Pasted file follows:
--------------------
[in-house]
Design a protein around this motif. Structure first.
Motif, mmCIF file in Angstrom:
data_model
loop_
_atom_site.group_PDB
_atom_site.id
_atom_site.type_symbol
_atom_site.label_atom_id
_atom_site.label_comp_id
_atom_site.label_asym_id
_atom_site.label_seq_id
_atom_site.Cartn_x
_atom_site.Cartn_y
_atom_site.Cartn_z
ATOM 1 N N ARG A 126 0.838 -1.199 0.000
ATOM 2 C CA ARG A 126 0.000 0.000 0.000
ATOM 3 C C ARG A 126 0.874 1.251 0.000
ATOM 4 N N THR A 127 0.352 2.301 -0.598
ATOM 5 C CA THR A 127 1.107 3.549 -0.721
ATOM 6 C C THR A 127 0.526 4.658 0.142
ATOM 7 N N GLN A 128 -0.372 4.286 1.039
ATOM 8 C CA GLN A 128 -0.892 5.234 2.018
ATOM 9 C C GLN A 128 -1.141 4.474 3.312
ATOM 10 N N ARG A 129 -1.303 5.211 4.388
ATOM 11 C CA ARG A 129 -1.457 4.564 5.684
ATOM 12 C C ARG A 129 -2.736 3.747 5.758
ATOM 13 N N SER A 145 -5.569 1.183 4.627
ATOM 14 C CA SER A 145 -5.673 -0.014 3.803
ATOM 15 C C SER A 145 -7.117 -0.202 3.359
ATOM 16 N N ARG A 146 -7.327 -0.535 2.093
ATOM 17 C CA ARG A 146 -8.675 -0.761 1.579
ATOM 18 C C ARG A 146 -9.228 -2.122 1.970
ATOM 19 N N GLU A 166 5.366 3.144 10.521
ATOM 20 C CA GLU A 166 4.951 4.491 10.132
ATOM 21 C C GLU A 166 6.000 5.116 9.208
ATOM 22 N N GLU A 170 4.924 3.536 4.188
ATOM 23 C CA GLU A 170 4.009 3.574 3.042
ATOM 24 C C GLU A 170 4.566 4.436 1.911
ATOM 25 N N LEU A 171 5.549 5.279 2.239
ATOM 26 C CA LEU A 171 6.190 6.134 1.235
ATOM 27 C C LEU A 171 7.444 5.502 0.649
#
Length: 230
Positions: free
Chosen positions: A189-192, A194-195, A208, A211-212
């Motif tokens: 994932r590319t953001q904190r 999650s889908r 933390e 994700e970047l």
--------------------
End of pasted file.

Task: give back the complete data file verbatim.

[in-house]
Design a protein around this motif. Structure first.
Motif, mmCIF file in Angstrom:
data_model
loop_
_atom_site.group_PDB
_atom_site.id
_atom_site.type_symbol
_atom_site.label_atom_id
_atom_site.label_comp_id
_atom_site.label_asym_id
_atom_site.label_seq_id
_atom_site.Cartn_x
_atom_site.Cartn_y
_atom_site.Cartn_z
ATOM 1 N N ARG A 126 0.838 -1.199 0.000
ATOM 2 C CA ARG A 126 0.000 0.000 0.000
ATOM 3 C C ARG A 126 0.874 1.251 0.000
ATOM 4 N N THR A 127 0.352 2.301 -0.598
ATOM 5 C CA THR A 127 1.107 3.549 -0.721
ATOM 6 C C THR A 127 0.526 4.658 0.142
ATOM 7 N N GLN A 128 -0.372 4.286 1.039
ATOM 8 C CA GLN A 128 -0.892 5.234 2.018
ATOM 9 C C GLN A 128 -1.141 4.474 3.312
ATOM 10 N N ARG A 129 -1.303 5.211 4.388
ATOM 11 C CA ARG A 129 -1.457 4.564 5.684
ATOM 12 C C ARG A 129 -2.736 3.747 5.758
ATOM 13 N N SER A 145 -5.569 1.183 4.627
ATOM 14 C CA SER A 145 -5.673 -0.014 3.803
ATOM 15 C C SER A 145 -7.117 -0.202 3.359
ATOM 16 N N ARG A 146 -7.327 -0.535 2.093
ATOM 17 C CA ARG A 146 -8.675 -0.761 1.579
ATOM 18 C C ARG A 146 -9.228 -2.122 1.970
ATOM 19 N N GLU A 166 5.366 3.144 10.521
ATOM 20 C CA GLU A 166 4.951 4.491 10.132
ATOM 21 C C GLU A 166 6.000 5.116 9.208
ATOM 22 N N GLU A 170 4.924 3.536 4.188
ATOM 23 C CA GLU A 170 4.009 3.574 3.042
ATOM 24 C C GLU A 170 4.566 4.436 1.911
ATOM 25 N N LEU A 171 5.549 5.279 2.239
ATOM 26 C CA LEU A 171 6.190 6.134 1.235
ATOM 27 C C LEU A 171 7.444 5.502 0.649
#
Length: 230
Positions: free
Chosen positions: A189-192, A194-195, A208, A211-212
């Motif tokens: 994932r590319t953001q904190r 999650s889908r 933390e 994700e970047l």